Los Angeles Soccer: United Soccer Leagues
A decision by the club, which also fields a women's team in the W-League -- all three leagues are administered by Tampa, Fla-based United Soccer Leagues -- will be made in the next few days, Blues head coach/vice president Charlie Naimo said Wednesday night.
"It looks like it's probably going to happen," Naimo said. "Right now, we haven't signed anything, but we're strongly considering it and talking to guys who might play for us [in the PDL]. We think it can be a good thing. It serves a need, and if we decide we can fit it in, if we do [the PDL team] as a pro team, we can move guys back and forth [between the two teams]."
The Blues' top team plays its first match in the third-tier USL Pro a week from Friday, and a second team could serve as a reserve side, enabling players seeing little time with the first team to see game action and helping to develop players for the big team.
Hollywood United, which has a long relationship with the Blues organization, last month pulled its pro team out of the PDL and joined the Galt, Calif.-based National Premier Soccer League, a rival national amateur/semipro outfit. The Blues, in theory, would step into HUFC's PDL schedule unveiled in February. Opening day would be April 29 at Fresno Fuego.
"We're cautiously optimistic it will happen soon," Naimo said. "There are definitely pros and cons, for sure."
The cons are economic -- it costs more money to field two pro teams than it does one -- and in spreading a thin front office even thinner. Naimo said the club would need operational assistance from the USL to put three teams on the field, but that ought not be a problem.
HUFC, which has several competitive teams in addition to the celebrity side featuring Anthony LaPaglia in the nets, last month departed the PDL to hook up with the Galt, Calif.-based NPSL, a growing outfit that promises owners more freedom and power and far lower costs.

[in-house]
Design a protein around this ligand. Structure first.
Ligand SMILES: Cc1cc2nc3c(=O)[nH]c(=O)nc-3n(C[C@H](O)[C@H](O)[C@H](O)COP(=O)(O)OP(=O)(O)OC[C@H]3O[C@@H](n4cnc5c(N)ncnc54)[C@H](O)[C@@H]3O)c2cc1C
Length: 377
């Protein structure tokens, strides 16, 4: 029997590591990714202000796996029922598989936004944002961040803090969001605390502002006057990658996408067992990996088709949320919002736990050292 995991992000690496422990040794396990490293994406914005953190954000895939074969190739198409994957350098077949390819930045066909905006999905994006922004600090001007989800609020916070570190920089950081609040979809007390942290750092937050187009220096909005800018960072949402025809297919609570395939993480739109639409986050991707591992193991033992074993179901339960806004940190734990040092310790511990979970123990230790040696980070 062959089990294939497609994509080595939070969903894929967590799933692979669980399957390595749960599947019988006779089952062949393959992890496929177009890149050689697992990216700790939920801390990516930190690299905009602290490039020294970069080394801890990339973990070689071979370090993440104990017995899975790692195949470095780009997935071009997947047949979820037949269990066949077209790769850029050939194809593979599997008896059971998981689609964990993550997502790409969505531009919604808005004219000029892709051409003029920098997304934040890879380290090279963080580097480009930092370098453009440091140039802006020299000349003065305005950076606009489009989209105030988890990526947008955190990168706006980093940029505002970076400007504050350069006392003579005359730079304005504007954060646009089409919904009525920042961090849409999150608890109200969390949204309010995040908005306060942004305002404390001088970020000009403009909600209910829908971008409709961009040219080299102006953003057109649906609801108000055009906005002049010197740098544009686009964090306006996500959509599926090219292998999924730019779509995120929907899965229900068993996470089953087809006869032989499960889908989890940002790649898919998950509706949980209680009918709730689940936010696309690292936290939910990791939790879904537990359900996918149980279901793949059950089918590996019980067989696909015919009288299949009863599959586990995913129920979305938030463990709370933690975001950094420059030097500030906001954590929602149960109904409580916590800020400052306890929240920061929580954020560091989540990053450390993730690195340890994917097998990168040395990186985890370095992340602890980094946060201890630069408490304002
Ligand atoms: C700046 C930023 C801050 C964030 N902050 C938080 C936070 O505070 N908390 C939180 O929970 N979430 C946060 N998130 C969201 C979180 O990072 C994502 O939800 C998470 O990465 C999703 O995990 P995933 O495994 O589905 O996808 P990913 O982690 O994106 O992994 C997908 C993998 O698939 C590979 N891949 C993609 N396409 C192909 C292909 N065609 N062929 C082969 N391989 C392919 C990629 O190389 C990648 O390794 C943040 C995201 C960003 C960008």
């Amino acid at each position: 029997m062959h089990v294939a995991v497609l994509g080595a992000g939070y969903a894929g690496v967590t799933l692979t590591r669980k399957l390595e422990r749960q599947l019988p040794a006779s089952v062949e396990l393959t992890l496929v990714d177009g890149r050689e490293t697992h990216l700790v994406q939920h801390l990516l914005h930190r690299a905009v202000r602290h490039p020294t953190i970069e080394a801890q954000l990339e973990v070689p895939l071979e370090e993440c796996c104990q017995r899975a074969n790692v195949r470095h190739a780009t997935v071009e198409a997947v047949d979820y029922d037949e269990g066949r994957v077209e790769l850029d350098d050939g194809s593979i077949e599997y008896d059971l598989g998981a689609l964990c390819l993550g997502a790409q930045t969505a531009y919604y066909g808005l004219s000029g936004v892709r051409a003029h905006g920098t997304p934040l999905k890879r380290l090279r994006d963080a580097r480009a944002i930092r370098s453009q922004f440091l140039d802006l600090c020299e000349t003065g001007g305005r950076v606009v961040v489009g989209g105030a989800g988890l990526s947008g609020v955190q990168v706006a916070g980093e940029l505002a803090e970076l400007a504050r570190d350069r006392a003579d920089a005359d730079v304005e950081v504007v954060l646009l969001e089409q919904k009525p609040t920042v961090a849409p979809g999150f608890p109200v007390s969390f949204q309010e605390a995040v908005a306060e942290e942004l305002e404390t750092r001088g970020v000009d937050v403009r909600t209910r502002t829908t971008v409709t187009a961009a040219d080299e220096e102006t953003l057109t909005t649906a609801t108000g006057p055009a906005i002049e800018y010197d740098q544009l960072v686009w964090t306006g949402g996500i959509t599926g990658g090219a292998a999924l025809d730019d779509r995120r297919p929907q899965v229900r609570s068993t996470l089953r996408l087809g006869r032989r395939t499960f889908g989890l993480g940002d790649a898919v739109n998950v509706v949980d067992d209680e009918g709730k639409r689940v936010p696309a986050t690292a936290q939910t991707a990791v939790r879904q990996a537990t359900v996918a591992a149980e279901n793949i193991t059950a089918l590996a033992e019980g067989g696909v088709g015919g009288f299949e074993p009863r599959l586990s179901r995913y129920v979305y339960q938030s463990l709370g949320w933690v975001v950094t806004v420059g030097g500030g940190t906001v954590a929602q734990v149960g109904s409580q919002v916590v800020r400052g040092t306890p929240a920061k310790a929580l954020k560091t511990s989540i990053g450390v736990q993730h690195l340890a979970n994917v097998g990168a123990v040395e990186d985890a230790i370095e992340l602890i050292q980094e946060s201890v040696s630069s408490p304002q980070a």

The Hitmen, a professional team coached by former Galaxy forward Jose Botello, debuted in the new league Saturday night, eclipsing the first-year Santa Ana Winds, 1-0. Arturo Albaran's early goal was the difference in the Western Division clash at Santa Ana Stadium.
The PDL season kicks off at the end of the month -- HUFC was supposed to open at Fresno Fuego on April 29 -- and the Tampa, Fla.-based United Soccer Leagues, which administers the PDL and several other national leagues, must alter its Western Conference schedule.
A league spokesman said the plan was to announce a new slate on Wednesday. There are four L.A.-area teams remaining in the PDL -- L.A. Legends (who will play at Huntington Park High School), Orange County Blue Star (Concordia University in Irvine), Southern California Seahorses (Biola University in La Mirada) and Ventura County Fusion (Ventura College) -- after HUFC and, previously, Lancaster-based Rattlers FC, bolted for the NPSL. Thousand Oaks-based FC Hasental also has joined the league, giving it four L.A. teams, too.
“It's an area we've been trying to get into quite a while,” said Dan Trainor, the NPSL commissioner. “We know about the teams there. It's a matter of … I'll call it coming of age.”
The Bay Area-based group that will field professional women's teams in Orange County and the Bay Area next year, with plans to place an O.C. club in Women's Professional Soccer in 2012, hopes to have a greater impact than just competing for championships.
They'd like to help transform women's pro soccer in America.
That's part of what's behind the venture announced Monday, to compete next season in the Women's Premier Soccer League. The OC Sol and Bay Area Sol would be the first fully professional clubs in the WPSL, one of two national semiprofessional women's leagues in the U.S., and their ownership group envisions a stronger connection among the leagues and WPS.
That could have a profound impact on the future of pro soccer in this country.